Job searching can be emotionally draining. Here are some tips to keep you motivated.
Keep Things in Perspective
When employers are not ringing your phone off the hook, don’t take it personally – and don’t assume it’s the end of the world. First, ask yourself what you have done to motivate employers to call you.
- Does your resume highlight skills and projects that employers want to see?
- Do you send a cover letter with each of your resumes?
- Do you follow up in a timely manner on all resumes sent?
- Have you taken advantage of every networking opportunity?
Even if the answer is “yes” to all of these, a professional job search takes a combination of patience and perseverance. Always look for new avenues to take and new perspectives.
Don’t Let Money Rule Your Job Search
You might have serious financial problems that require an immediate source of income. Make sure you separate your immediate financial needs from your career goals. Don’t make decisions that could damage your professional reputation or come back to haunt you in the future.
Choosing a high paying non-related job over a lower paying or short-term job in your field might seem like a good idea now, but six months or two years from now, you will have done nothing to further your career and will be stuck in a job that doesn’t interest you.
Write down your monthly financial plan and know how much money you honestly need to make vs. how much you would like to make. When choosing a job, always look at the impact it will have on your career first.
If you have to take a non-related job, look for freelance projects and other ways to keep your skills up and add to your resume.
Create A Career Plan & Stick To It
- Write down your short-term and long-term goals for your career.
- Map out a few scenarios that will lead to your dream job five or 10 years from now.
By having a plan and sticking with it, you will be able to see how each job and freelance project helps lead to your future goals.
Have Realistic Expectations
Sometimes people get hired at a great job after only a week of job searching – but this is very rare. Searching for a professional-level job takes time. The higher your expectations, and less your skills and qualifications, the longer it will take. Take a realistic look at the type of job you want and the type of job you are qualified for.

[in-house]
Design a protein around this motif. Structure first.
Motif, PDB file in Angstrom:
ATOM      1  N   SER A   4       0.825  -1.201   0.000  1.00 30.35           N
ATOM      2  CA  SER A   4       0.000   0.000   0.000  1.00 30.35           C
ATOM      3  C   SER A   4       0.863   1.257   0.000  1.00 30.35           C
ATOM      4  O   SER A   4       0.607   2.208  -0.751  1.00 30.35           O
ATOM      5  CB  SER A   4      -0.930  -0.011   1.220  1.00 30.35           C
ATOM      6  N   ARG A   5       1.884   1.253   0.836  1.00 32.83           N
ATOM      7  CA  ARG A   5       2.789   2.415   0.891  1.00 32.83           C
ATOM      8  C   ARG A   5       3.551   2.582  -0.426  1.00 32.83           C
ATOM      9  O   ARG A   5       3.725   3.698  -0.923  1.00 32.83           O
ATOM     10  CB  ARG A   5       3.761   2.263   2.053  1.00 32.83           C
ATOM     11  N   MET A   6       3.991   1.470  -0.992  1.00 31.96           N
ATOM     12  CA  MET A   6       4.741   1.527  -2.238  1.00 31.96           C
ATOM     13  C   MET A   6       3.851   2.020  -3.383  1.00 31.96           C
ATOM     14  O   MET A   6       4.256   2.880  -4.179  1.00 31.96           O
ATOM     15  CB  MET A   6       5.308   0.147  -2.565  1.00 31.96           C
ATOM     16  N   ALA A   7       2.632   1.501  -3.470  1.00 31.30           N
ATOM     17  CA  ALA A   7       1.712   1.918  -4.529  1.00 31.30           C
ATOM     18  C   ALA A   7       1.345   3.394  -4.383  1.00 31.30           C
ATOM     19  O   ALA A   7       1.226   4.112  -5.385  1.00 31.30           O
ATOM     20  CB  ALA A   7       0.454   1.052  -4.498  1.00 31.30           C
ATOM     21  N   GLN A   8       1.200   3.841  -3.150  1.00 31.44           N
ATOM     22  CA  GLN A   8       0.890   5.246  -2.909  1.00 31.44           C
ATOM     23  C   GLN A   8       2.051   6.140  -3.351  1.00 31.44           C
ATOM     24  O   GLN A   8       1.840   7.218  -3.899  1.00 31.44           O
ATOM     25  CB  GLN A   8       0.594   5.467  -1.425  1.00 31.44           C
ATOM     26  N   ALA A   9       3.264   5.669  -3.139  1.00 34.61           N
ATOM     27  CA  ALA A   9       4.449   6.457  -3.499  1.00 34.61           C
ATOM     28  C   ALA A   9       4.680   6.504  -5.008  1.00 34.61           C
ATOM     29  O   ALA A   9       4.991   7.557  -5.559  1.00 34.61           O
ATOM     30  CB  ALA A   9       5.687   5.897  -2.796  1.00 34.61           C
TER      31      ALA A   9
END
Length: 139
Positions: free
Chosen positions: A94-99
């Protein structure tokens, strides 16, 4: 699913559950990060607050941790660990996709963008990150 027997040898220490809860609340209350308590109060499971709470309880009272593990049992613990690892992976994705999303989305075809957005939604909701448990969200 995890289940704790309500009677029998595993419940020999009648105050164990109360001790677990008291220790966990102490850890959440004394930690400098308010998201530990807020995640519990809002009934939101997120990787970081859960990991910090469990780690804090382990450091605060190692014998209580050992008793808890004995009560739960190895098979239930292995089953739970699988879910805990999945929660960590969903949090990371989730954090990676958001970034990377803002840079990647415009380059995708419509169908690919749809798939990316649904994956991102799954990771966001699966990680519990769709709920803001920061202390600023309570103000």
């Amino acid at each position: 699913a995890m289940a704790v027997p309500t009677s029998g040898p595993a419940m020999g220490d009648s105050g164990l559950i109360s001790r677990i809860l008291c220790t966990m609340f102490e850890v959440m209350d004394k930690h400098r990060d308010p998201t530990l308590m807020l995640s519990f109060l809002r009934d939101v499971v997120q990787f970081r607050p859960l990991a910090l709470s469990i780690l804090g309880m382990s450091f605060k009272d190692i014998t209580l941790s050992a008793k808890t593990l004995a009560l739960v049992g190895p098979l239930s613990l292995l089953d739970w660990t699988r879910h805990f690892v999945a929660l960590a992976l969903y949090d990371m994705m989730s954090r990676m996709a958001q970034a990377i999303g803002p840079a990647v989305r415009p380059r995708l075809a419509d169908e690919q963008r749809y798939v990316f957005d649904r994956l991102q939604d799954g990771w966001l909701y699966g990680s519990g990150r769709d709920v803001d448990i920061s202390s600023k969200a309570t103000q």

If you are not yet qualified for your ideal job, look at lower-level jobs and contract assignments that might lead to your ideal job. Career planning is not about taking a giant leap into a great job – it’s about the stepping stones that, in time, lead to that great job.
Recognize The Benefit Of Actions That Do Not Create Immediate Results
Joining a professional organization may not yield a hot job lead immediately, but it will provide networking contacts that could lead to several good job leads in the future.
Likewise, doing an informational interview with a hiring manager will not end with a job offer, but the interview will give you invaluable insight into a company’s hiring process, inside information about the industry and generate future job leads. Always keep your long-term career goals in mind and take action to nurture those goals.
Ask For Help — Accept Help
No one expects you to know everything there is to know about a professional job search. There is always something more to learn about interviewing, or a different way to revise your resume. Job coaches and college career services representatives are trained in helping job seekers with effective job searches. Plus, they talk to employers every day and know what hiring managers want from candidates.
Also, seek out other job seekers, even those not looking for the same type of work. Job searching is one of the most stressful things you will go through in life. Don’t go it alone.